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### 137 Cards in this Set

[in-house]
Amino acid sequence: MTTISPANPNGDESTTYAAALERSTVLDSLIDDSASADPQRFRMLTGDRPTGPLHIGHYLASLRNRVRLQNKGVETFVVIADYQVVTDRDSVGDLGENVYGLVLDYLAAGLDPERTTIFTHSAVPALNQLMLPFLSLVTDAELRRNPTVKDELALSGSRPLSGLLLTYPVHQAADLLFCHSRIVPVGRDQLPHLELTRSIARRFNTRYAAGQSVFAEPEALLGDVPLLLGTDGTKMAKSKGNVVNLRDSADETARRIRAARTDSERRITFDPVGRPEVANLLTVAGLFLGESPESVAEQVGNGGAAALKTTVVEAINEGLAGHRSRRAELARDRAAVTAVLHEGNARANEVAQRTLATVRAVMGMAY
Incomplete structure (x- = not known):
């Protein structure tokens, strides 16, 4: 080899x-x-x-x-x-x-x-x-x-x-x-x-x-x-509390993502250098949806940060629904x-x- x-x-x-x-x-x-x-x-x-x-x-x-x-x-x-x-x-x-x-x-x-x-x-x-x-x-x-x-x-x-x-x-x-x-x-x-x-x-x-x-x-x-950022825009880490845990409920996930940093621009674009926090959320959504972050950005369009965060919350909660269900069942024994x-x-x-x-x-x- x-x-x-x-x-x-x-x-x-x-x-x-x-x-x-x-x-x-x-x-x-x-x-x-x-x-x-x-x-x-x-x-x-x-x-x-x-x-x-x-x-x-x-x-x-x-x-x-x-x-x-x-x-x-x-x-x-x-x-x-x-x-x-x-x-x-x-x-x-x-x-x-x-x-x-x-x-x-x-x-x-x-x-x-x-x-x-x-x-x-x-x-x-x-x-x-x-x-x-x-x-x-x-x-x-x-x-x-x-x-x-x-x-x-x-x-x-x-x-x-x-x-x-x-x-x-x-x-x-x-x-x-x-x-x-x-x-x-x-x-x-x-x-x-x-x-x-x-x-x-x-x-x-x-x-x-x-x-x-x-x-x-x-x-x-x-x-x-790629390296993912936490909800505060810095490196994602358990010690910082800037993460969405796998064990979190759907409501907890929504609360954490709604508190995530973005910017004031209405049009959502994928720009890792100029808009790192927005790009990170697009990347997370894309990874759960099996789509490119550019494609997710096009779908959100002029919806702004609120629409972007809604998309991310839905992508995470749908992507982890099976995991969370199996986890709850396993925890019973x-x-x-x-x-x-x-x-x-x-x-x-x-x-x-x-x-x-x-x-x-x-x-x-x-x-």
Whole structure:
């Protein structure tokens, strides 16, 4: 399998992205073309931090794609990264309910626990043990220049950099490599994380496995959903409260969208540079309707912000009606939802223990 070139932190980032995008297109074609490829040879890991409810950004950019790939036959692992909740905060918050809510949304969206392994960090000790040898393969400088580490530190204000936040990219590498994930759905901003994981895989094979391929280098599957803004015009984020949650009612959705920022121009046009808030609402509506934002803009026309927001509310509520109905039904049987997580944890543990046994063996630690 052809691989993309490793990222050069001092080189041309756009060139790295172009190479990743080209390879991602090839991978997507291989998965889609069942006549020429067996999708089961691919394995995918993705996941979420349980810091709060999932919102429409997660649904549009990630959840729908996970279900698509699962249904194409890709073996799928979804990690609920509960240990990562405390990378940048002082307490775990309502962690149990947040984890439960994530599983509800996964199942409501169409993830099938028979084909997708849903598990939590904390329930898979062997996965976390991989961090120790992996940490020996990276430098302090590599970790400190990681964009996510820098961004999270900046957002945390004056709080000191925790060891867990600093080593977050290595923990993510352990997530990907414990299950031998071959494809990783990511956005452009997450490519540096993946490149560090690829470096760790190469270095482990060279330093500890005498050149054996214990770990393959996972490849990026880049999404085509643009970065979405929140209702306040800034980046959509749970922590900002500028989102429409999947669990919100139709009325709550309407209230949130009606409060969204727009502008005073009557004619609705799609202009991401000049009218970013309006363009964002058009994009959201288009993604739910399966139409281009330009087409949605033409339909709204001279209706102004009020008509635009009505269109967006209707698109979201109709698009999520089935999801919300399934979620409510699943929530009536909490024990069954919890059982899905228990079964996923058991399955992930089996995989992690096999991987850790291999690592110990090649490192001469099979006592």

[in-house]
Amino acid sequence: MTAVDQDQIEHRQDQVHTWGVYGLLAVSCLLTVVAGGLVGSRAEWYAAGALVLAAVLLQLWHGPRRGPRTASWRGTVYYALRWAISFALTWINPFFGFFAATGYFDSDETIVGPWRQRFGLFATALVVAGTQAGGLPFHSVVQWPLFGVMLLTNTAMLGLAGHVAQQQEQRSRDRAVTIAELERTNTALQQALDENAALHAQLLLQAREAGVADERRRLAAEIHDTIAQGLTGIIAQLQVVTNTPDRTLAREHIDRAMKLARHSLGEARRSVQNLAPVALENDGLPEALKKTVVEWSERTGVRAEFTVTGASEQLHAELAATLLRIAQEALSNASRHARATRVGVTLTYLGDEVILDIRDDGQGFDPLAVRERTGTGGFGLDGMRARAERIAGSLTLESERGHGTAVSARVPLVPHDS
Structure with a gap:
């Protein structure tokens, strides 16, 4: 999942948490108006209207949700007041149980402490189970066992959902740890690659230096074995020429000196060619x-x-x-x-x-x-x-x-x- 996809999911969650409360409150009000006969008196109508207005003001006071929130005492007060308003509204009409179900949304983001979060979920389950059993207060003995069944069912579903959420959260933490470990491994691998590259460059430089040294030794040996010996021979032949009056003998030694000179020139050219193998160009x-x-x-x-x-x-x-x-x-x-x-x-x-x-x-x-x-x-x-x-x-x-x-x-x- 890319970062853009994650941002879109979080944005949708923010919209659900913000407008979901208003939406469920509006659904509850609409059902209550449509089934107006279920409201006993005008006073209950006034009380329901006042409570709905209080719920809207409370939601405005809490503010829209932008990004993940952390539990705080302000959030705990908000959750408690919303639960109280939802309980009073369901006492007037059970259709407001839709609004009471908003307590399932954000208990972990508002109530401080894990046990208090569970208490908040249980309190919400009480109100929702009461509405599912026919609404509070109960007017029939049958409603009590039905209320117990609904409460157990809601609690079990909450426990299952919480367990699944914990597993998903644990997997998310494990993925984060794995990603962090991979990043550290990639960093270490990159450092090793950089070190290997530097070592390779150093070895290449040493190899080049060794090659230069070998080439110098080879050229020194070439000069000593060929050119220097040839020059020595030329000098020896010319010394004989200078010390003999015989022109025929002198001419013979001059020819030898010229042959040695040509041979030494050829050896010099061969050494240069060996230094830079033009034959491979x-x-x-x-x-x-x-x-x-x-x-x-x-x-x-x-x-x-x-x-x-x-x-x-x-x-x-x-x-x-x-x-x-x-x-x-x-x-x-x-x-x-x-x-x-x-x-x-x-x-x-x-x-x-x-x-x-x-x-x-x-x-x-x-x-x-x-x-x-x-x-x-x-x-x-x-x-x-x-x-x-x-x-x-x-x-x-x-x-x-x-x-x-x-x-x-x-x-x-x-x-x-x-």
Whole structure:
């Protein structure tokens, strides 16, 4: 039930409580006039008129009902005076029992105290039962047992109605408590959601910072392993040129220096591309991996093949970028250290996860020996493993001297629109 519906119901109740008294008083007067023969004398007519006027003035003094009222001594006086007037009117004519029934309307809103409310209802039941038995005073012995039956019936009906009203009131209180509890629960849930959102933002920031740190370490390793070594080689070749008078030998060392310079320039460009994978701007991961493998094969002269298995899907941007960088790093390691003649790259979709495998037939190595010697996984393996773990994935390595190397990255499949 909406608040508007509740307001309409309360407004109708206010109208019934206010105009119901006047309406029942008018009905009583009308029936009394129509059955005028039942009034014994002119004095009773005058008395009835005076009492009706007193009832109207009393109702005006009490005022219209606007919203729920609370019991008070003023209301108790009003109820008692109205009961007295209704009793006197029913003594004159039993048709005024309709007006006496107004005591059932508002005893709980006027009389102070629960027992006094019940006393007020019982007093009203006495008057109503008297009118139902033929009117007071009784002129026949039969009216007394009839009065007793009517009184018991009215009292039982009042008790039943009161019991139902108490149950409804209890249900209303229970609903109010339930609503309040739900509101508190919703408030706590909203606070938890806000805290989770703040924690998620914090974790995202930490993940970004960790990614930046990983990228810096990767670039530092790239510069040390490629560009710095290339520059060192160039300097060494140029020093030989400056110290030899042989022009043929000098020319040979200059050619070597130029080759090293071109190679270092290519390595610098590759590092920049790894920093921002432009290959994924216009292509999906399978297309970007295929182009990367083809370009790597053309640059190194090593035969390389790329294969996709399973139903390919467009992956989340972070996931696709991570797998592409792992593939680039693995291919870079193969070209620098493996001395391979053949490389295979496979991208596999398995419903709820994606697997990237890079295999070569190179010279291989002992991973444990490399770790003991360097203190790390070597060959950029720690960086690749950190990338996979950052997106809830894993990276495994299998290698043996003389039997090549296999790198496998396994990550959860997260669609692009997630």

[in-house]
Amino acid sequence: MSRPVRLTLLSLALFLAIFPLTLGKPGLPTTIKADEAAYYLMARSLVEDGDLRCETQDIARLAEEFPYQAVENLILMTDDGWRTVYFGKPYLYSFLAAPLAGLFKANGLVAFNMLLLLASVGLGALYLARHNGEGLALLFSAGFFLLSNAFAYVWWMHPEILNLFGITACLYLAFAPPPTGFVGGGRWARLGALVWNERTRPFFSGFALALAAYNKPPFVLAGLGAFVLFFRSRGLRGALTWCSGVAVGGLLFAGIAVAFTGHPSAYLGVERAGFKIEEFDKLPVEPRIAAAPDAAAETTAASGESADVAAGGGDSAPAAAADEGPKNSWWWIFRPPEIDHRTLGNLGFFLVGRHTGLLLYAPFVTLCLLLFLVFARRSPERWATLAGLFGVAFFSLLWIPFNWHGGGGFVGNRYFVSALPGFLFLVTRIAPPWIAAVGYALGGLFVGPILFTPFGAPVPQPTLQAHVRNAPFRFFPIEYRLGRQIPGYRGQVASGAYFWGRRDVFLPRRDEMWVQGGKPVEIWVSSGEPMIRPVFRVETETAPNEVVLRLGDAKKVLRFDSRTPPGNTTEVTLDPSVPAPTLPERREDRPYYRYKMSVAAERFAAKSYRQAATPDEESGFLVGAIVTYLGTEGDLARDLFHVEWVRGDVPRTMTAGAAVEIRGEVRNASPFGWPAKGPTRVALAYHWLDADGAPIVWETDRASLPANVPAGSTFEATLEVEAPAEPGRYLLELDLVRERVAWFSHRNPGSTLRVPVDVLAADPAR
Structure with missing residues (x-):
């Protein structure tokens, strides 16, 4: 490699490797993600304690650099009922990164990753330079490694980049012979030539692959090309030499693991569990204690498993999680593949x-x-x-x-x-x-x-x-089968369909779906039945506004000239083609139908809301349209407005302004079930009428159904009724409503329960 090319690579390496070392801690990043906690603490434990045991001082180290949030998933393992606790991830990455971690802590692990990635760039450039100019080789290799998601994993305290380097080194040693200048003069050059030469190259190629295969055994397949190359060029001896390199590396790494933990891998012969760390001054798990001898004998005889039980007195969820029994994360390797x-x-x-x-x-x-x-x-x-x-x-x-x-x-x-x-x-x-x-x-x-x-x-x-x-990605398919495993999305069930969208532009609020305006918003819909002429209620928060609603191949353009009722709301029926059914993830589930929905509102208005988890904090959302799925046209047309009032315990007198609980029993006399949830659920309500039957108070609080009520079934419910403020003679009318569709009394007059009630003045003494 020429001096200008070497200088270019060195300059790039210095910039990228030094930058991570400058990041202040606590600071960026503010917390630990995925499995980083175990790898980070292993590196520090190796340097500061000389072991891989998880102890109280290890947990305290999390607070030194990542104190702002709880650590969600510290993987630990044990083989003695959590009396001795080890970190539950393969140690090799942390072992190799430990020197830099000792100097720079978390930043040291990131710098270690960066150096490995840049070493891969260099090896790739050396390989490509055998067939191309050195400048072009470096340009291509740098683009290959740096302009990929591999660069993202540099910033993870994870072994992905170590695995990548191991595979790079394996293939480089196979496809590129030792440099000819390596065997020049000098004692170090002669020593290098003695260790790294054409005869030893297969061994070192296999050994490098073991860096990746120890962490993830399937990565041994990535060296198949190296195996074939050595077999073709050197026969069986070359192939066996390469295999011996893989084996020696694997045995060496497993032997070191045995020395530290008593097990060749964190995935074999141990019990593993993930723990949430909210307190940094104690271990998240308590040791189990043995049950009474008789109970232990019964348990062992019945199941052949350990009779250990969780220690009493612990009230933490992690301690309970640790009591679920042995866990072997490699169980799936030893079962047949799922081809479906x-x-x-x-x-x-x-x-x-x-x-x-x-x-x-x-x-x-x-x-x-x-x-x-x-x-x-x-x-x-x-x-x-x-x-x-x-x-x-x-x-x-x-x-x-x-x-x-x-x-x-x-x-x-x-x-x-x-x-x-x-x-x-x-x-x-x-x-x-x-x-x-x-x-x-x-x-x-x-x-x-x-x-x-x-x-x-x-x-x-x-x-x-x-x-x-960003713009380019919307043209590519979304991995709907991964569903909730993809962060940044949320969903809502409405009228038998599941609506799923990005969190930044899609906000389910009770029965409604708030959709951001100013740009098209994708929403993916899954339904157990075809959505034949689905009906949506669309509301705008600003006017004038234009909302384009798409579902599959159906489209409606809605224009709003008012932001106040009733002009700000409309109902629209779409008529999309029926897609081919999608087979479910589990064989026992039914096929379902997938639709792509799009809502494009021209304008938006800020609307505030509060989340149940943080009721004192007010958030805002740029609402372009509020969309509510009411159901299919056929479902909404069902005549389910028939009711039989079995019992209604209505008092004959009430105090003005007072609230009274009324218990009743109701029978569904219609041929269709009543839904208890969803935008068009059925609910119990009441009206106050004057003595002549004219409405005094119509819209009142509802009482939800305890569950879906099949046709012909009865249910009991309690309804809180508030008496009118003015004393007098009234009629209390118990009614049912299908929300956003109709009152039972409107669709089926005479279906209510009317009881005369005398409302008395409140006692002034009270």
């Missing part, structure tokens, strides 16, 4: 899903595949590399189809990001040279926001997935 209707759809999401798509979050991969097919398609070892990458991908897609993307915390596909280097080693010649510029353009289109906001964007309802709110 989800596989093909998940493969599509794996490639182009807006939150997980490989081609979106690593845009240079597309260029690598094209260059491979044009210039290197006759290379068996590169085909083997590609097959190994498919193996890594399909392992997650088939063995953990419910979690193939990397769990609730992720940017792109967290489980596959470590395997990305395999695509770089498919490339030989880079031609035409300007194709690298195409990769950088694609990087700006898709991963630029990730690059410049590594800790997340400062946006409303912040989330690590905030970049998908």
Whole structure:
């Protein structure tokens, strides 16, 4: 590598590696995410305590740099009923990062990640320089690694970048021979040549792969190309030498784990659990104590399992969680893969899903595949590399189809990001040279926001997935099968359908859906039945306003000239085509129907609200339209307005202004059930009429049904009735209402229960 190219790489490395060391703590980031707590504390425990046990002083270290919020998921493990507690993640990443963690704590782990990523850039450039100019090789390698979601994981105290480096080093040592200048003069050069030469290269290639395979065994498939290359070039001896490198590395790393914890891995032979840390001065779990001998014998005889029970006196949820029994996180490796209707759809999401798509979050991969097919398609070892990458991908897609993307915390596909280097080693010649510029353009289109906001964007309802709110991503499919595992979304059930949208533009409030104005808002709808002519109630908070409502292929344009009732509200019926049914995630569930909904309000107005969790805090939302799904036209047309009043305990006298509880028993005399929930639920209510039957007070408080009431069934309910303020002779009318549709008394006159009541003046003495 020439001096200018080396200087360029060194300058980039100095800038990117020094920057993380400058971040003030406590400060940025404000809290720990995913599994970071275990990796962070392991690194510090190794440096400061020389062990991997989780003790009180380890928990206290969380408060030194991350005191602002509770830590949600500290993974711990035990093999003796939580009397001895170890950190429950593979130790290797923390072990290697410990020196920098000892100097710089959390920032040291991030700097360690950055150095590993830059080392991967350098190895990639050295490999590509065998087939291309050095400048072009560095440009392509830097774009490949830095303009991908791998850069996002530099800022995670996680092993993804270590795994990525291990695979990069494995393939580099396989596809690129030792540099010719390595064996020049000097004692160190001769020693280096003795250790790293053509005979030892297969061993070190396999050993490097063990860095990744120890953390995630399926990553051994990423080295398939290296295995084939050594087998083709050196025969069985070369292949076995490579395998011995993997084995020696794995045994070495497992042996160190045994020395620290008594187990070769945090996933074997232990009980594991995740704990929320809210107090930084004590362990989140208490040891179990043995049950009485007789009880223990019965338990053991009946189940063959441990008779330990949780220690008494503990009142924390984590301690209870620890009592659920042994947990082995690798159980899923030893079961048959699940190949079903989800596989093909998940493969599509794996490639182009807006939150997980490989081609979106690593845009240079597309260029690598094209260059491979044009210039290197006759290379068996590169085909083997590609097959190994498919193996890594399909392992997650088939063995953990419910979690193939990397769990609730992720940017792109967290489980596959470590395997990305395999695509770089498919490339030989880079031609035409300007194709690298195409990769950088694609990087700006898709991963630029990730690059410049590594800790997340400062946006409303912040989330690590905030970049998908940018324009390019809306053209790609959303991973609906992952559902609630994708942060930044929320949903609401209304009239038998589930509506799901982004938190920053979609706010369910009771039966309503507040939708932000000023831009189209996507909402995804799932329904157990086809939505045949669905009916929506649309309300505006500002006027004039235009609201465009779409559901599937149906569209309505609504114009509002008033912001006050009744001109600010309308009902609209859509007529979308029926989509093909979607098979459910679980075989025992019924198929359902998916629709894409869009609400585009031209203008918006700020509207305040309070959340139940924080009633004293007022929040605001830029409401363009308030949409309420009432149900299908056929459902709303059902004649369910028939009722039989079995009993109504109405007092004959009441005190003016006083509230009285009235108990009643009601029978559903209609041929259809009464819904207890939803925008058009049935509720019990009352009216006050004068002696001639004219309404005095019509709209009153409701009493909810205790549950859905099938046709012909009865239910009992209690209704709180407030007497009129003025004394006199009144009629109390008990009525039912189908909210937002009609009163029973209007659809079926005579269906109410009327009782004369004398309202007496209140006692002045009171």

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 Poiseulle’s Law Q = (pi * r^4 * ∆Pressure) / (8 * viscosity * length) conversion from liter 1 L = 1 quart 1 L = (1000 gm)/(18 gm/mole) = 55.5 moles/L dielectric effect a shielding effect where a slightly (-) charge is neutralized by a (+) charge due to polarity If you decrease order (increase entropy), what happens to energy change? -decreasing order is equivalent to going from high energy to low energy (spontaneous reaction) -reactions want less order Gibbs free energy (∆G) ∆G = ∆H (heat) – T∆S (randomness) osmotic pressure osP = ([conc] * R * T) / (MW) T is in kelvins (K = 273 + C) Keq Keq = [products] / [reactants] pK & Keq of lactic acid Keq = 1.38 * 10^-4 pK = 3.86 pK & Keq of ammonia Keq = 5.62 *10^-10 pK = 9.25 Henderson-Hasselbalch Equation pH = pK + log [A-]/[HA] (conj. base/conj. acid) pK’s of phosphoric acid (H3PO4) pK1 = 2.1 pK2 = 7.2 pK3 = 10.0 pH of the body pH = 7.4 *when the cell metabolizes products, the body’s pH decreases and becomes acidic *INC in CO2 levels decreases pH and causes the body to become acidic pK of carbonic acid pK = 6.1 CO2 + H20  H2CO3  H+ + HCO3- essential amino acids F, V, T, W, I, M, H, R, L, K polar amino acids G, S, T, C, Y, D, N, E, Q, H, R, K nonpolar amino acids A, V, L, I, M, F, W, P ordering of molecules for determining chirality 1) COOH 2) NH3 3) R 4) H have 1 and 3 at up and down, away and have 2 and 4 at left and right, towards pK’s of amino acids other than acidic and basic ones pK = 2.5 (for COOH) pK = 9.5 (for NH2) pK for acidic amino acids (ASP + GLU) pK = 2.5 (for COOH) pK = 4.5 (for acidic proton) pK = 9.5 (for NH2) pK for basic amino acid Lys pK = 2.5 (for COOH) pK = 9.5 (for NH2) pK = 10.5 (for basic proton) pK for basic amino acid Arg pK = 2.5 (for COOH) pK = 9.5 (for NH2) pK = 12.5 (for basic proton) pK for basic amino acid His pK = 2.5 (for COOH) pK = 6.0 (for basic proton) pK = 9.5 (for NH2) molecule used for cation exchange chromatography CMC-carboxy methyl cellulose, (-) charge molecule used for anion exchange chromatography DEAE-diethyl amino ethane, (+) charge how to detect whether or not an amino acid is a primary or secondary amine use ninhydrin primary amines -> purple secondary amines -> yellow beer-lambert law used in detection spectroscopy abs = a (std absorbance) * c (concentration) * l (length of cuvette) abs. detects the density of a compound (think iced tea and amount of sugar) blood sugar levels determined using this conditions for obtaining aa residues 6 N HCL, 100 C, 24 hr properties of peptide bonds 1. short 2. planar 3. trigonal 4. share electrons 5. don’t rotate -> trans in peptides 6. covalent partial double bond character (has 1.32 angstrom length) C-N 1.49 C=N 1.27 Prosthetic Groups (of protein's primary structure) Heavy Metals: Fe, Zn, Cd, Hg, Pb when trying to estimate MW 1. find gms of Fe, divide by MW (55.5) to give moles of Fe in protein 2. 1 gm protein/# of moles of Fe in protein = min. MW average aa MW 120 gm/mol to find est. number of aa in a protein take min MW and divide by 120 gm/mol Edman’s Reagent PITC (phenyl iso thio cyanate) interacts with primary amines (thus the amino end of a protein, may also be lysine or tyrosine) and cleaves off one aa at that end, can do 40-50 residues in sequence Sanger’s Reagent DNFB (dinitro fluoro benzene), hydrolyzes entire peptide chain so get individual aa’s but not order, gives the aa on the NH2 end Dansylation dansyl chloride, has fluoresces, destroys other peptide bonds aminopeptidase chews peptide from amino end down, gives new sample every 15 secs hydrazine tags each aa except for the COOH terminal aa, so tells what aa is on the COOH end, breaks every peptide bond trypsin and cleavage of aa’s cleaves basic aa’s (lys, arg) chymotrypsin and cleavage of aa’s cleaves aromatic aa’s (Phe, Tyr, Trp), sometimes His cyanogen bromide (CNBr) and cleavage of aa’s cleaves methionine To separate aa’s based on solubility/hydrophobicity: TLC, reverse phase To separate aa’s based on charge: ion exchange To separate aa’s based on size: gel exclusion, ultracentrifugation, dialysis, PAGE to separate aa’s based on function affinity purification reagent used to denature a protein SDS (sodium dodecyl sulfate), a detergent that stretches protein lengthwise), adds (-) charge to every 2 aa's sedimentation rate S = MWt (1 – (volume*density)) / (friction = 6 * pi * viscosity * strokes radius) s is dependent on mass and shape what determines where R groups are relative to each other on an aa peptide 1. hydrophobic interactions (water, entropic effect) REPULSION (the primary driving force, all others are stabilizing forces) 2. ionic interactions (repulsion/ attraction) STABILIZATION 3. van der Waals forces (steric hinderance) REPULSION (bec. of space) 4. H-bonding (sharing of H+ between two electronegative atoms) STABILIZATION alpha helix features right handed, driving force is hydrophobicity, stabilizing fore is H-bonds parallel to axis, found in wool, hair, horns, hooves, fingernails, 5.4 Angstroms/turn, 3.6 aa/turn *long rigid rods with not much flexibility alpha helical breakers 1. run of negative charges on aa’s close to each other on folded alpha helix, causes repulsion 2. proline, causes a loss in twisting ability, may lead to beta turns beta structure features 1. rich in alanines 2. extended 3. antiparallel or parallel 4. perpendicular H-bonds 5. forms sheets 6. found in silk 1.5 aa's per turn beta turn can turn anywhere, not just Beta sheets, can be alpha helical breakers, a proline, then a small R group (glycine), then a hydrophilic structure of collagen glycine, X (proline), Y, glycine, X (proline), Y… perpendicular H-bonds ¼ stagger in bone due to collagen has a 700 angstrom nucleation site (for hydroxyapatite (650 A), caused by hydrophobic interactions), and 2800 angstrom for collagen spontaneously forms (esp. with vitamin A and physiological salts) mercaptoethanol CH3CH2SH used to reduce disulfide bonds to SH quaternary structure all interactions between multiple subunits are non-covalent (hydrophobic patches, ionic links or H-bonds) anabolic vs. catabolic anabolic (synthesis) or catabolic (degradation), cannot be used to determine the spontaneity of a reaction gibbs free energy and spontaneity ∆G = (-) is spontaneous ∆G = 0 is at equilibrium ∆G = (+) is non-spontaneous Standard State Conditions for ∆G 1 mole/L each reactant and product fixed temperature pH = 7.0 [H2O] = 55.5 moles/L ∆G°’ is inversely related to – Keq ∆G°’ equation (free energy at standard state) ∆G°’ = -RT lnKeq = cal/mol where R = 1.987 cal/(mole K) T = 298 K (room temperature ln = 2.303 * log or ∆G°’ = -1364 log Keq actual free energy ∆G = ∆G°’ + RT ln ([P]/[R]) ∆G°’ for glucose ∆G°’ = -4000 cal/gm * 180 gm/mole -720,000 cal/mole Keq = 10^528 strategies that limit the ∆G°’ for glucose 1. operating close to equilibrium (DEC ∆G°’ for glucose) 2. stepwise processes (gradual breakdown of glucoses 6 carbons) 3. coupling reactions 4. high energy barriers energy in esters (-3 Kcal/mole), forms acid and alcohol (or amine if breaking down amide) energy in thiol-esters -6 to -8 Kcal/mole energy in anhydrides -7 to -10 Kcal/mole, ex: ATP what accounts for the difference in energy between different compounds entropic forces 1. 1 reactant  2 products (INC in entropy) 2. resonance stabilization of products (compared to reactants) a. INC resonance, INC entropy, ~50% of energy electronic forces 3. charge repulsion in ATP vs. ADP 4. charge separation in ATP vs. ADP energy in guanidinum phosphates -10 Kcal/mole Creatine made from Arginine, composed of Gly, Met, Arg energy in enoyl phosphate -14 Kcal/mole, lots of energy present because of presence of tautomer form (a eneol form and a keto form (of which is favored energetically)) oxidation states of C methane  methanol  formaldehyde  formic acid  carbon dioxide tightly ordered ---------------------------------------------------------> loosest reduced -----------------------------------------------------------------> oxidized energy in carbohydrates vs. fats carbs have 4 Kcal/mole, have more partially oxidized carbons fats have 9 Kcal/mole, have far more reduced C’s, more constrained, more energy energy in NADH or FADH -15 Kcal/mole velocity of a reaction dependent on the activation energy, v = k [R] Keq in terms of kinetics and thermodynamics Keq = [P]/[R] = kf/kr velocity of a reaction (Michaelis-Menton equation) v = vmax * ([S]) / (Km + [S]) max. velocity of a reaction vmax = k3 * [Et] Km = Km = (k2 + k3) / (k1) inverse of affinity k2/k1 turnover term k3/k1 to determine enzyme specificity or enzyme preference Vmax/Km Lineweaver-Burk eq 1/v = (Km/Vmax) * (1/[S]) + (1/Vmax) x-intercept of Lineweaver-Burk plot -1/Km y-intercept of Lineweaver-Burk plot 1/Vmax slope of Lineweaver-Burk plot Km/Vmax irreversible inhibitors heavy metals and –SH groups (penicillin, Pb, Hg), when add to reaction, DEC Vmax but no effect on Km, works by binding to cysteine ex: aspirin, it acetylates proteins and forms esters competitive inhibitor binds to initial enzyme, reversible, same Vmax, different Km non-competitive inhibitor inhibitor can bind to enzyme or ES complex, same Km, DEC Vmax, looks like irreversible, tell difference through dialysis and see if inhibitor comes off, inhibitor binds to different spot on enzyme from substrate uncompetitive inhibitor inhibitor binds to ES complex, DEC Km and Vmax 6 classes of enzymes OTHLIL (oxido-reductases, transferases, hydrolases, lyases, isomerases, ligases) Modification of amino acids (post-translational): hydroxylation proline-found in urine during bone remodeling, important in collagen, hydroxylate C 3 or 4 lysine-hydroxylate C 4 or 5 Modification of amino acids (post-translational): esterifcation 1. acetylation-adding acetic acid 2. phosphorylation aa's involved: serine, threonine, tyrosine what form of amino acid is found in humans? L-form, it evolved the right turn alpha helix racemization and example of such: racemization-switching from the D to L form EX: aspartic acid, racemizes @ 0.14%/year Solvents used in TLC polar: water nonpolar: isopropanol, butanol, phenol carboxypeptidase similar to aminopeptidase but starts at the carboxy end and gives sample every 15 secs. Piezo Electric Effect found in inorganic systems, where crystals orient themselves perpendicular to a force random coils random in the sense that they are unpredictable, aa's in random coils are not rich in hydrophobics but have hydrophilics to react with the aqueous solution Affinson's Experiment looked at ribonuclease (which has 8 cysteines or 4 disulfide bonds) and determined the likely hood that those bonds would rejoin expected: 1% chance they rejoined correctly and had activity observed: 80% retained activity, hydrophobic forces drive the bonds together creatinine the spontaneous folding of creatine's COOH and NH2 end, is excreted through urine, detected during muscular damage oxidation and reduction forms of atoms "ic" oxidized "ous" reduced turnover constant/turnover number k3 slowest step in the michalis-mentin equation v = k3 [E*S] complex First, Zero, and Mixed order reactions first-low [S] concentrations zero-high [S] concentrations mixed-everywhere else pseudo-first order reaction is second order, but if hold [E] constant (replenish E during the reaction), makes it appear to be 1st order ADH has a higher affinity for ethanol (which has a product of acetaldehyde, which is safe) as opposed to methanol (which has a product of formaldehyde, which is toxic) oxido-reductases EX: ADH, LDH, oxygenase it oxidizes or reduces a compound oxygenase EX: phenylalanine hydroxylase, turns phenylalanine into tyrosine PKU lack PH to make tyrosine, therefore there is an excess of phenylalanine in the body transferases all types of kinases, transfer a group from one compound to another ex: creatine kinase, pyrophosphorylase hydroxylases uses H2O to break or form a bond ex: peptidases, carbohydrase, nuclease, lipase, phosphotases lyases use H20 to break or form a double bond ex: citric acid, fatty acid metabolism isomerases switch a group within a compound mutases-internal transferase epimerases-switch configuartion about a single atom ligases join atoms together, uses ATP phosphatases remove a PO4 ex: phosphoproteinphosphatase pyrophosphorylases break anhydride, form anhydride, used when you want to activate a sugar, release a pyrophosphate pyrophosphatases used to break down PPi into 2 PO4, makes sure pyrophosphorylase goes from left to right phosphorylases adds PO4 to bond and breaks a bond ex: glycogen phosphorylase How do enzymes work? How do they enhance the rate of a reaction? 1. entropic effects 2. strain 3. acid-base catalysis 4. covalent catalysis entropic effects for enhancing reaction rate ex: carbonic anhydrase INC the likelihood that molecules will collide, affects the collicsion, proximity, orientation and orbital steering of reactants, has a 10-100X INC in rxn velocity strain ex: glucokinase, lysozyme induced fit, causes a change in the enzyme or substrate that INC the likelihood of reaction, 10^4-10^5 INC` acid-base catalysis ex: lysozymes, carboxypeptidase, carbonic anhydrase used to stabilize the charge of reactants, use Zn as cofactor that stabilizes the protein to break bond, INC 10^4-10^5 covalent catalysis (reversible) ex: serine protease, chymotrypsin have hydrophobic pocket, have covalent ES complex, INC rate by 10^4-10^5 covalent irreversible zymogens, prohormones, collagen make substances in active form and cleave or assemble when needed or in proper place lactalbumin protein-protein interactions, acts ass allosteric effector of GT to change configuration of GT pituitary->prolactin->mammary tissue->lactalbumin + GT->UDP-Glu + Gal->lactose protein kinase A 2 subunits: 2 catalitic and 2 regulatory, cAMP bind to regulatory to free active site on catalitic creatine kinase dimer skeletal muscle-M-M, 95% of CK in serum heart muscle-M-B, 2-3%, 10-12 in MI brain tissue-B-B, <1% LDH pyruvate <=> lactate heart-H-H-H-H blood-H-H-H-L liver/skeletal muscle-L-L-L-L heart LDH has higher vmax/km for pyruvate, activated by pyruvate while L4 version is inhibited by high pyruvate PYR + LDH -> PYR-LDH -> LACT + LDH Hexokinase HK, found in all tissues except liver, has a higher affinity for G-6-P than GK Glucokinase GK, found in liver, has a lower affinity for G6P HK in brain 20* more than in other tissues resting glucose levels 5*10^-3 M/L GAVLIMP 0, 1, 3, 4, 4, 4, 4 FYW ring, ring OH, 5 then ring STC CH2-OH, CH3-CH-OH, CH2-SH KRH 4CH2 NH3+, 3CH2-N-C-N2, CH2-5-ring DENQ CH2COOH, CH2CH2COOH, CH2CONH2, CH2CH2CONH2 What is the normal bicarbonate to CO2 ratio ([HCO3-] / 0.03 x pCO2) at physiological pH? 24/(0.03*pCO2) pCO2 = 40 The insulin receptor: Undergoes autophosphorylation and Acquires kinase activity